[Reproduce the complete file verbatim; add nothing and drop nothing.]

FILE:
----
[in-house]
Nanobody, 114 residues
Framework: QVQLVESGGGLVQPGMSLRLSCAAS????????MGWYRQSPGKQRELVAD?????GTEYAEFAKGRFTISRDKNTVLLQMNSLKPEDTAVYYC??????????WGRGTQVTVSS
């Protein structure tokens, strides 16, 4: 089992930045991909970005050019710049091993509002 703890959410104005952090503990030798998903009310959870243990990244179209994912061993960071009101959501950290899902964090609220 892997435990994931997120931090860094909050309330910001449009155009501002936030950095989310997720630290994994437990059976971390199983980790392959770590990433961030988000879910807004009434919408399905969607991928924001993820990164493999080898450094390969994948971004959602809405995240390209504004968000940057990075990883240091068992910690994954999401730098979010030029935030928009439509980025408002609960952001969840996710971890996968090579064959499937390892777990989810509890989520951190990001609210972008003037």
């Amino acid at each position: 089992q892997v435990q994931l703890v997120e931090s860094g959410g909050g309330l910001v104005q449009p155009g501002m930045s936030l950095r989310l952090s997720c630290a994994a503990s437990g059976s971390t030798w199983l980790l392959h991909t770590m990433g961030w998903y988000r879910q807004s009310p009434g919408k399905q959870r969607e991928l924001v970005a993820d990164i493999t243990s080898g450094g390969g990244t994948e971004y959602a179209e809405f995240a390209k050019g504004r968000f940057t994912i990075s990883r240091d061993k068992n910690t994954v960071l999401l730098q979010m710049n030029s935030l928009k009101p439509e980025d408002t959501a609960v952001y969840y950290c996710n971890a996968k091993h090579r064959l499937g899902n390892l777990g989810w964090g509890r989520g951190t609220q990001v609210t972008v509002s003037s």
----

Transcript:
[in-house]
Nanobody, 114 residues
Framework: QVQLVESGGGLVQPGMSLRLSCAAS????????MGWYRQSPGKQRELVAD?????GTEYAEFAKGRFTISRDKNTVLLQMNSLKPEDTAVYYC??????????WGRGTQVTVSS
């Protein structure tokens, strides 16, 4: 089992930045991909970005050019710049091993509002 703890959410104005952090503990030798998903009310959870243990990244179209994912061993960071009101959501950290899902964090609220 892997435990994931997120931090860094909050309330910001449009155009501002936030950095989310997720630290994994437990059976971390199983980790392959770590990433961030988000879910807004009434919408399905969607991928924001993820990164493999080898450094390969994948971004959602809405995240390209504004968000940057990075990883240091068992910690994954999401730098979010030029935030928009439509980025408002609960952001969840996710971890996968090579064959499937390892777990989810509890989520951190990001609210972008003037």
């Amino acid at each position: 089992q892997v435990q994931l703890v997120e931090s860094g959410g909050g309330l910001v104005q449009p155009g501002m930045s936030l950095r989310l952090s997720c630290a994994a503990s437990g059976s971390t030798w199983l980790l392959h991909t770590m990433g961030w998903y988000r879910q807004s009310p009434g919408k399905q959870r969607e991928l924001v970005a993820d990164i493999t243990s080898g450094g390969g990244t994948e971004y959602a179209e809405f995240a390209k050019g504004r968000f940057t994912i990075s990883r240091d061993k068992n910690t994954v960071l999401l730098q979010m710049n030029s935030l928009k009101p439509e980025d408002t959501a609960v952001y969840y950290c996710n971890a996968k091993h090579r064959l499937g899902n390892l777990g989810w964090g509890r989520g951190t609220q990001v609210t972008v509002s003037s």